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Missing You Already
by Carol Gould          November 1, 2013

Carol Gould dreams of the treats that drive expat Americans to distraction

Geno's Steaks
Photo: Brendan O'Kane
Despite living in Britain for 37 years I still wake up missing Phillies games, the Mummers Parade and those gorgeous, bulging packets of fresh fruit – with free banana! – sold by Korean street traders on every pavement. Homesickness takes many forms, but the major manifestation for me, I must confess, is FOOD!

Let's start with chocolate sorbet. In 1976 when I arrived it was rare to find any kind of sorbet available in restaurants. But by 1986 one would be offered 'lemon, raspberry or blackcurrant.' In 1996 the choice was 'lemon, raspberry or blackcurrant.' And in 2006... 'lemon, raspberry or blackcurrant!' Back home chocolate sorbet is plentiful and is even available in Häagen–Dazs tubs. When I asked for it at the Häagen–Dazs restaurant in Leicester Square they told me 'there's no call for it.' (What exactly does that mean?) There is a legend – perhaps an urban myth – that after World War I young widows would fill the seats of the Fountain restaurant at Fortnum and Mason's, so the Italian chef decided to create a dish to cheer them up – chocolate sorbet! It was a sensation and appeared on the Fountain menu until the 1990s. So, it was invented here in England, but can you find it anywhere?

Let's go on to Yokan. My late mother used to ask me to go out and get her a large box of Yokan as a special treat. It is a divine dessert available in every Japanese restaurant in the States, a small loaf of sweet red bean paste with chestnuts in the middle, cut into slices and eaten with a toothpick. It is available to buy at the Japanese sweet–market in Piccadilly but why is it never on the menu at any of the multitude of Japanese eateries in the UK? Who wants green tea ice cream? Who wants gooey cake? Just give me the Yokan I would get in New York, LA, DC or Philly.

Moving now to things that some will say are borderline absurd but which dominate my every waking thought three days a week. Because I know my home town best I will stick to local specialties: I yearn for a hot turkey sandwich drowning in giblet gravy with mashed potatoes and green beans accompanied by one of those tiny paper cups of cranberry sauce as served by the ancient waitresses at the Midtown Diner or Little Pete's in Philly. I salivate as I write…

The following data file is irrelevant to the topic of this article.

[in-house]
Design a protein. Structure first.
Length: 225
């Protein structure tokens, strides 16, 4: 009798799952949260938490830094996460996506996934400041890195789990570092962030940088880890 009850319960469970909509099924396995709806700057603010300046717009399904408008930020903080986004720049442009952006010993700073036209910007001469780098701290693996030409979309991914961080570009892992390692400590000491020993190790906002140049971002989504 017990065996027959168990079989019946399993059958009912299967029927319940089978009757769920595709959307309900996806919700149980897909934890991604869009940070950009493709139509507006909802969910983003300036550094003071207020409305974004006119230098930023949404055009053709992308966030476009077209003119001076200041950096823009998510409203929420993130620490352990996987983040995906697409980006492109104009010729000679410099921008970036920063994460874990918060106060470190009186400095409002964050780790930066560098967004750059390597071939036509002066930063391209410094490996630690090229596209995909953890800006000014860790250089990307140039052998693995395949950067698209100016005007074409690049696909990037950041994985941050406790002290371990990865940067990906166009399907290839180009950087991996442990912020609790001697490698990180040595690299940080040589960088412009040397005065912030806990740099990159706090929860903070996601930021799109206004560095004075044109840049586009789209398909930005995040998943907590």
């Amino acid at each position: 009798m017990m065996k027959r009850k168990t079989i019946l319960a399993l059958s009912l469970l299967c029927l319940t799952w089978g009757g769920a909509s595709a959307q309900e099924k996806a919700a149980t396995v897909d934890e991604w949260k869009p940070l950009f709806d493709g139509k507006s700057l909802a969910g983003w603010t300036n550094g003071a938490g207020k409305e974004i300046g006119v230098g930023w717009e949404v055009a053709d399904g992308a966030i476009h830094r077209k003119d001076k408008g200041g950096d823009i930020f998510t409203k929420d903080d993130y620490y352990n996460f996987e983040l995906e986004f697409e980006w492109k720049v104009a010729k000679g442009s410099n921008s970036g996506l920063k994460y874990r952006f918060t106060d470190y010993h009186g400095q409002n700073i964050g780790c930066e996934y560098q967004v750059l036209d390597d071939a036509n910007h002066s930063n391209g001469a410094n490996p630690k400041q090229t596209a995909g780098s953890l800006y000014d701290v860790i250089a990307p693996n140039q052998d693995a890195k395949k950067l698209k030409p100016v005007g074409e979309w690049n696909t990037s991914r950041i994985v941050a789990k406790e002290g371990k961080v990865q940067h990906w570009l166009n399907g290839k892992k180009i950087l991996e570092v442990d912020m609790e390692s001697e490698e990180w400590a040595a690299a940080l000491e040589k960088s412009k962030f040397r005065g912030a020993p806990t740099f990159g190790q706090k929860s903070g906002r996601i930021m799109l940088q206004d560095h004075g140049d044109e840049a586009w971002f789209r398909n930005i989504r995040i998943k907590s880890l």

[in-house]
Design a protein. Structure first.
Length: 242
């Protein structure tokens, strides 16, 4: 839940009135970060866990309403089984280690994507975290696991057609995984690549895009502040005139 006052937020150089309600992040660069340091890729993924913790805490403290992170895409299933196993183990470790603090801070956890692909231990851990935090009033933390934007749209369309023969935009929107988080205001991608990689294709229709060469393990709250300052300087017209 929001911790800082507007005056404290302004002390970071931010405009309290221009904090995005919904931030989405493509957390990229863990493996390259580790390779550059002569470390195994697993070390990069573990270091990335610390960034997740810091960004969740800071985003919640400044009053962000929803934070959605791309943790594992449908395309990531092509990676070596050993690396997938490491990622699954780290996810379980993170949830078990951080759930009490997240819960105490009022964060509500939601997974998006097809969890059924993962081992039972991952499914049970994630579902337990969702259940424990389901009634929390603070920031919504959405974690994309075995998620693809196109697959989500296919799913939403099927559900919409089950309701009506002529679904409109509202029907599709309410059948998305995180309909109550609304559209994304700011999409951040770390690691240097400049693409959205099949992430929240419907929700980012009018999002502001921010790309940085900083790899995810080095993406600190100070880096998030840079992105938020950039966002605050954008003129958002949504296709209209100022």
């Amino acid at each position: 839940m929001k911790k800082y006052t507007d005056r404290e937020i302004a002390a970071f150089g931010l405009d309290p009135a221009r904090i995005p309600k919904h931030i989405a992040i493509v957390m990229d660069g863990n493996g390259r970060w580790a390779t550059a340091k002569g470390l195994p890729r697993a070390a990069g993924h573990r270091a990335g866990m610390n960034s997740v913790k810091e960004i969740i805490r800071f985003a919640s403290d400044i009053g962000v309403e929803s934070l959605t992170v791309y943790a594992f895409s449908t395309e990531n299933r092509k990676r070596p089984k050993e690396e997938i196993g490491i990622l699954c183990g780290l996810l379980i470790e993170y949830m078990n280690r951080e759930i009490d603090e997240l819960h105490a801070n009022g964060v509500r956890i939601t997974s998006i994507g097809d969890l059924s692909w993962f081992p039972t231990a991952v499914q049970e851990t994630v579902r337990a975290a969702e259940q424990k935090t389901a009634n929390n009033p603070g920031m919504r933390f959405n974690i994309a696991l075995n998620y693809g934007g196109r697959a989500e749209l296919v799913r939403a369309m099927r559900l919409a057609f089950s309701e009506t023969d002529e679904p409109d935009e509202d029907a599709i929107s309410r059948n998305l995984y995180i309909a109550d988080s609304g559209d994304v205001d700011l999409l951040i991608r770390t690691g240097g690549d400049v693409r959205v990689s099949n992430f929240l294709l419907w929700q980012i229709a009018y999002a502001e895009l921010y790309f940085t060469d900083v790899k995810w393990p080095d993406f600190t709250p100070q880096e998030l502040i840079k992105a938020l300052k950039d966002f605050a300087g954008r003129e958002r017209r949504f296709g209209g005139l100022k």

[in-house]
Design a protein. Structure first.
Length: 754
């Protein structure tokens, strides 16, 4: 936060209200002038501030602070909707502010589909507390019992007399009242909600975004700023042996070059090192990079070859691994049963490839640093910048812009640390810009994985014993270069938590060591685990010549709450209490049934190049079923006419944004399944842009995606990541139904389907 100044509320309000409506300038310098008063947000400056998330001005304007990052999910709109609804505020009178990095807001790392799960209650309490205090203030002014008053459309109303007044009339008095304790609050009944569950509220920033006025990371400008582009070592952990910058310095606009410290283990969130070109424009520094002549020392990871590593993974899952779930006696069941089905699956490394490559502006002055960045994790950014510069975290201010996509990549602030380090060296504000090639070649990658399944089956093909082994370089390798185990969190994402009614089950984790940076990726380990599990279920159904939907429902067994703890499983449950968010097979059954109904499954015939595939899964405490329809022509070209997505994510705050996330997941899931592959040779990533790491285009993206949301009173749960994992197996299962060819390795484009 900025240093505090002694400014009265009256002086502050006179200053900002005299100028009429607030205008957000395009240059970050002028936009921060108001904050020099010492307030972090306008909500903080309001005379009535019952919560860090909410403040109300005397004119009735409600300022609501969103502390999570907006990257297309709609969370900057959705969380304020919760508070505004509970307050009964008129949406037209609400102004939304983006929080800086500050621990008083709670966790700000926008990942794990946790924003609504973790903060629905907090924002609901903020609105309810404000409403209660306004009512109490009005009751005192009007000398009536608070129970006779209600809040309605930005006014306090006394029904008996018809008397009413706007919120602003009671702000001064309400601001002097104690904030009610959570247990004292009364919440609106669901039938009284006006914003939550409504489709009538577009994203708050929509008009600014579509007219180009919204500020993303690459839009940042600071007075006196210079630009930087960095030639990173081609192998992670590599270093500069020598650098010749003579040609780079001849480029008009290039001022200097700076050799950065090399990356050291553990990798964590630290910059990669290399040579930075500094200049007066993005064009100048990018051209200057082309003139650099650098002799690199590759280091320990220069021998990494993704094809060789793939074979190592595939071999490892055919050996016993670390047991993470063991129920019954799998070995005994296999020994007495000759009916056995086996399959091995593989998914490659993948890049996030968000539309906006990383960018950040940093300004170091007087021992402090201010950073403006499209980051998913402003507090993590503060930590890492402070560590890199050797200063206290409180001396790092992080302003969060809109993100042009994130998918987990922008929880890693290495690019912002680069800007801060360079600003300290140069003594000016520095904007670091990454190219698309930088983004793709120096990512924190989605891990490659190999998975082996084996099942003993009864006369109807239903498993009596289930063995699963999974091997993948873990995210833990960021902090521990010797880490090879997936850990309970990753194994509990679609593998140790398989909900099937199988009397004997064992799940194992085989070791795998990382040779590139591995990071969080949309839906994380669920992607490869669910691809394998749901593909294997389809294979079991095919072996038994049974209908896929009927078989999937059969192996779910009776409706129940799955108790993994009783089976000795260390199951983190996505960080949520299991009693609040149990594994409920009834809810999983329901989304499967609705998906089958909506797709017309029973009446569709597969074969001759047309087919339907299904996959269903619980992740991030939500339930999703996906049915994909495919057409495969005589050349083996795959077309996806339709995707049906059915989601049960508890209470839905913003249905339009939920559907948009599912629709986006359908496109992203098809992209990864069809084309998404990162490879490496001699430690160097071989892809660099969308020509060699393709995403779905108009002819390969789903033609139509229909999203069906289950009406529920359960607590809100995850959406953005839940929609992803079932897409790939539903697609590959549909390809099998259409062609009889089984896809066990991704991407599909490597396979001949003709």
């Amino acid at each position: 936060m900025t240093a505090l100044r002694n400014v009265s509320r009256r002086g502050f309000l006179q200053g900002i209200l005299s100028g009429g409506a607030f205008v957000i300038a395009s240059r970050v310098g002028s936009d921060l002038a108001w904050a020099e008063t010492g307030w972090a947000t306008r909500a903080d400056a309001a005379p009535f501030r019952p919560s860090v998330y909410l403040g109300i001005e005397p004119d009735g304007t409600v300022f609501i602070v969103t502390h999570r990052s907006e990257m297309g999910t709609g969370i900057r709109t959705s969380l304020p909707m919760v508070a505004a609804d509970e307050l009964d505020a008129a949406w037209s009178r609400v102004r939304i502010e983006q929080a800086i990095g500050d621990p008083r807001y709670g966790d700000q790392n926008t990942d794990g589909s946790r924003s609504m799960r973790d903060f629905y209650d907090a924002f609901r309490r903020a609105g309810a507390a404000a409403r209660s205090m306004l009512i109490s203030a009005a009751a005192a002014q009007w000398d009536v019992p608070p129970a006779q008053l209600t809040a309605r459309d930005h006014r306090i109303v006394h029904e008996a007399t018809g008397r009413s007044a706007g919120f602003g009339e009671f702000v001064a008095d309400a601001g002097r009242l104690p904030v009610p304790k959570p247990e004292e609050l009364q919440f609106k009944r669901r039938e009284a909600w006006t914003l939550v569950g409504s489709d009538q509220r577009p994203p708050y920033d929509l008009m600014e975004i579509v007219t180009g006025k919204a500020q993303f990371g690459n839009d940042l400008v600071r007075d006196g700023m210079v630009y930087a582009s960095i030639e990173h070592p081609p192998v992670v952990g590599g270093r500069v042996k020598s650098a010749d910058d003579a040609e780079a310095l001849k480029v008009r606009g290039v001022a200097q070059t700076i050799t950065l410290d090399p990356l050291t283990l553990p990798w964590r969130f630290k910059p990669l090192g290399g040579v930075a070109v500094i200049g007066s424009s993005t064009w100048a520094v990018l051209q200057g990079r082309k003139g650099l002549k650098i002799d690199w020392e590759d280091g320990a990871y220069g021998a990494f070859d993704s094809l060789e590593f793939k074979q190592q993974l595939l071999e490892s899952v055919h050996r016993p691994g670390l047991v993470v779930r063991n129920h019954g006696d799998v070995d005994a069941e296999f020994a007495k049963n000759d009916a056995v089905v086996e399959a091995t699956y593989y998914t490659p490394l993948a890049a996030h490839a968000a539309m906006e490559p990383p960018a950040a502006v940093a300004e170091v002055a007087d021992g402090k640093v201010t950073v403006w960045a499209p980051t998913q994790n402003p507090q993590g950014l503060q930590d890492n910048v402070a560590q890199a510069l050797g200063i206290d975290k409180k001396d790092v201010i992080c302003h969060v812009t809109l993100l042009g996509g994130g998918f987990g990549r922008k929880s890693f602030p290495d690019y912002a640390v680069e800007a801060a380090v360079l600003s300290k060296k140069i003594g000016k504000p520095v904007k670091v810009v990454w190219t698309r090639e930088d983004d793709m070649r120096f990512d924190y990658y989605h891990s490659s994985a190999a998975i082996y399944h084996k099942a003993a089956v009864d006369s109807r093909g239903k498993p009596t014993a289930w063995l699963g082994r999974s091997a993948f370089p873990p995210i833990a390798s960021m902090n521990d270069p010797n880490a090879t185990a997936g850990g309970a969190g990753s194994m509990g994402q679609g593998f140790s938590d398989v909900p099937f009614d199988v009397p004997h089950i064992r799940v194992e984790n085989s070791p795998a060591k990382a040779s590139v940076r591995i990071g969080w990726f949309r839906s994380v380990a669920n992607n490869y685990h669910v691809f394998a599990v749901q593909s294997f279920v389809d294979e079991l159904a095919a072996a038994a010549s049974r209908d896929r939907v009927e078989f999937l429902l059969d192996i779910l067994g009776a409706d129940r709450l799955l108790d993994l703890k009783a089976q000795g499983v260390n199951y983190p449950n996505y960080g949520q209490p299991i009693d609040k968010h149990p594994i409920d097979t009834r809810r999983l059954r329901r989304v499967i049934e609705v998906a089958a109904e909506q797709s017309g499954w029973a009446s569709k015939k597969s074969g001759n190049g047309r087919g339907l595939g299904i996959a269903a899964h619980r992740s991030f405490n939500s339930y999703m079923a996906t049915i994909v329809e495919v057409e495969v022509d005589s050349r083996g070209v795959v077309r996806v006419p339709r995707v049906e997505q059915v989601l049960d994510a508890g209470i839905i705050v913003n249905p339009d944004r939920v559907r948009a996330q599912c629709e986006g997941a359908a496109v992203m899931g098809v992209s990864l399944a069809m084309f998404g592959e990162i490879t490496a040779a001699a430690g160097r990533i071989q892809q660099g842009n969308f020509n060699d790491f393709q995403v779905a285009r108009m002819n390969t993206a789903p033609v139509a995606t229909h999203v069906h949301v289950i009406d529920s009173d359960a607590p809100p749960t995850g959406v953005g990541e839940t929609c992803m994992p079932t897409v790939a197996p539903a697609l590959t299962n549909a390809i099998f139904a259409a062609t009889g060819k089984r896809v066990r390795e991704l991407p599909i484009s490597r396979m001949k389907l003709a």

Knish shop
Photo: Joe Shlabotnik
Have you ever found a knish in the UK? If so I stand corrected but I have tried to find one for 37 years – even in Golders Green – without success. There used to be a knish place in DC and as soon as I dumped my suitcases I'd head for it. Of course, if you come from Philly, you will yearn every day for a cheesesteak from Geno's or Pat's. And the steaks with sauce and onions at a childhood haunt called Rex Pizza were exquisite; why can one not find anything like this in London?

Another thing I miss so much that it drives me to insanity is cherrystone clams. People here say 'But clams are clams!' However, if you have never tasted a New Jersey cherrystone with that gorgeous hot seafood sauce and oyster crackers you haven't lived.

Now to the silly stuff. My highly educated, erudite colleague at ITV, John Rosenberg, a native of Brooklyn, used to walk into my office each October holding out his palm and without any words being exchanged I knew what he wanted: candy corn, sent by my sister from home.

Notwithstanding American–style venues like Subway offering a hoagie or submarine, there is nothing like a made–from–scratch one. Has anyone living here ever been able to find traditional griddle cakes? I'm afraid I threw a tantrum in Ed's Easy Diner when I was given pre–packaged cold rubber things listed as 'pancakes'.

Other goodies I yearn for: huge rare roast beef sandwiches on rye; New England and Manhattan Clam Chowder; grits; scrapple with hash browns and Hebrew National hot dogs. Finally, why do British Chinese restaurants discriminate against single people? If you want a set meal it's 'minimum for 2'. Why does one have to ask three times for a glass of water? Why in a country surrounded by water is a lobster so damn expensive? ($20 in the USA, $70 here.)

Let's end on a laugh: in Mayfair there is a waffle restaurant. They serve hot dogs so I suggested they get French's mustard, as American DNA is such that you just can't eat a 'dog without French's. Next time I passed by they told me they had had a French's crate in but had poured the mustard down the drain and put FRENCH mustard into the yellow tubs as the original stuff 'tasted horrible.'

Go figure – maybe we are indeed separated by more than just an ocean!

Carol Gould has written for The Guardian, The Jewish Chronicle and The Daily Telegraph; she is the author of Spitfire Girls and Don't Tread on Me – anti–Americanism Abroad and has appeared on BBC Any Questions? and many other UK broadcasts. Twitter: @Karashgould


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